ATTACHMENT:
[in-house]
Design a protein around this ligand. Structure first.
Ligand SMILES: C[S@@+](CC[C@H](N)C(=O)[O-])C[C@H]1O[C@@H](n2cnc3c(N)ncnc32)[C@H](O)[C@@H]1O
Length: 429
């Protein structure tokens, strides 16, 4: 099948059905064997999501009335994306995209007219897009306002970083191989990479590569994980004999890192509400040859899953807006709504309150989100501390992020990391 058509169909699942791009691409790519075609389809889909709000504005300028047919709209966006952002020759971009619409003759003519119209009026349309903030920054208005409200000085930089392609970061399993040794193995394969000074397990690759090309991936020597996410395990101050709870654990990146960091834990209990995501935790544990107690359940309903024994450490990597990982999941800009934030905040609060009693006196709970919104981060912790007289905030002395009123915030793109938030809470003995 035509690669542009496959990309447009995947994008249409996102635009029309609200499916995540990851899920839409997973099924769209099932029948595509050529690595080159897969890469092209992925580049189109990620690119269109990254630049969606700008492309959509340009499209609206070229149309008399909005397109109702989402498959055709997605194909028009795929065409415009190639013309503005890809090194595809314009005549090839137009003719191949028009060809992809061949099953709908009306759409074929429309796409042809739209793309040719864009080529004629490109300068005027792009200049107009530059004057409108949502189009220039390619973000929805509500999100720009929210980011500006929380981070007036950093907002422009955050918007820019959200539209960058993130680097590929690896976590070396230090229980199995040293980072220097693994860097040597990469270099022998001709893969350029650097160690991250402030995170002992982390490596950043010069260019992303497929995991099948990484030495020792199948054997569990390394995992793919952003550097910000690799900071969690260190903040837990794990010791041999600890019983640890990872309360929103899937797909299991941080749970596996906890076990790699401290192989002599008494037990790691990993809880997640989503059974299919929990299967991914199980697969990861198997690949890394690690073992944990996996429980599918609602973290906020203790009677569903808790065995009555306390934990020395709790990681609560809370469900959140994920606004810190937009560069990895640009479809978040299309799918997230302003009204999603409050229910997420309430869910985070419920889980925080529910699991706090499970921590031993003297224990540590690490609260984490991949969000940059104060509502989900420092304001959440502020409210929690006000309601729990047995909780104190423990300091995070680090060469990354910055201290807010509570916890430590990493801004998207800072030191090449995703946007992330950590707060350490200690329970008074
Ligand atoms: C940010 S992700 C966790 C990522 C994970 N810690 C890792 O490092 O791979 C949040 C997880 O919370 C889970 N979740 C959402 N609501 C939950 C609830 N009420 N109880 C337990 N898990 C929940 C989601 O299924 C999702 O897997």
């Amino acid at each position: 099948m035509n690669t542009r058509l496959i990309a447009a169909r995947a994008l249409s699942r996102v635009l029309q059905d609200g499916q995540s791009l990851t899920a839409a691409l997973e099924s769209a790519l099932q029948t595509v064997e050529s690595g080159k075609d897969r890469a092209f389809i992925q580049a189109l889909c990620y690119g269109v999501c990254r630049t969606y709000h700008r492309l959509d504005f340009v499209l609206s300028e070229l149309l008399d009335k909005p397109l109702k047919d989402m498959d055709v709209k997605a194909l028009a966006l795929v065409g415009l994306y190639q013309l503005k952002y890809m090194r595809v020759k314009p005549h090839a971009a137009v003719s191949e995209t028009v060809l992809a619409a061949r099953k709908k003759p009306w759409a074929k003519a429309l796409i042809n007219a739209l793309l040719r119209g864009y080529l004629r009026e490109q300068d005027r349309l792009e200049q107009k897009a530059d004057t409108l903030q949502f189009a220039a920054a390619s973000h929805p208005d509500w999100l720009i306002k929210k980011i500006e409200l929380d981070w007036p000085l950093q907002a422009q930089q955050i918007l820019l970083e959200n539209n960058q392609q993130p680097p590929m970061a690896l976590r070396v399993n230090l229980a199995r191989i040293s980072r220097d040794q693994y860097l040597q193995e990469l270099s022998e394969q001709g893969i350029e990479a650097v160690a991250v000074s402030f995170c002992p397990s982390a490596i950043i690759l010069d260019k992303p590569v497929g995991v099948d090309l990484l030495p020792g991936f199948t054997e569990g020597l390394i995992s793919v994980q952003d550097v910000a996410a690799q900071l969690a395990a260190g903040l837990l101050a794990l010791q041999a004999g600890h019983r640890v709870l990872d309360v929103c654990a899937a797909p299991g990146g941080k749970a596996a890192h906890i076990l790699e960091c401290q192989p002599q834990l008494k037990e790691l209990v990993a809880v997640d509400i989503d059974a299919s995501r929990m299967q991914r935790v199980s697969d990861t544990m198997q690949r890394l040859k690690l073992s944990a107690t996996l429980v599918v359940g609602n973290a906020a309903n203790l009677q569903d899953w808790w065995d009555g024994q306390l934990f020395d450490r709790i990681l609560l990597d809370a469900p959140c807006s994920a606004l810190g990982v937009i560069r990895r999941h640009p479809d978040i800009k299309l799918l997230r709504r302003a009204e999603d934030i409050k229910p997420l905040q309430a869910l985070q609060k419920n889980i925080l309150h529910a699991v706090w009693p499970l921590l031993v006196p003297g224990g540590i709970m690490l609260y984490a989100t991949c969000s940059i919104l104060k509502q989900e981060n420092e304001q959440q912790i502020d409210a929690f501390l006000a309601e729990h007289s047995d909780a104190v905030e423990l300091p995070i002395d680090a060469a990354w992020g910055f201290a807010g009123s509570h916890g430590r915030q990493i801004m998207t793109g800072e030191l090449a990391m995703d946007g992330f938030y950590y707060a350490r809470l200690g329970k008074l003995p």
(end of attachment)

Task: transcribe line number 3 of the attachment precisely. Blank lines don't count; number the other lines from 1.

Ligand SMILES: C[S@@+](CC[C@H](N)C(=O)[O-])C[C@H]1O[C@@H](n2cnc3c(N)ncnc32)[C@H](O)[C@@H]1O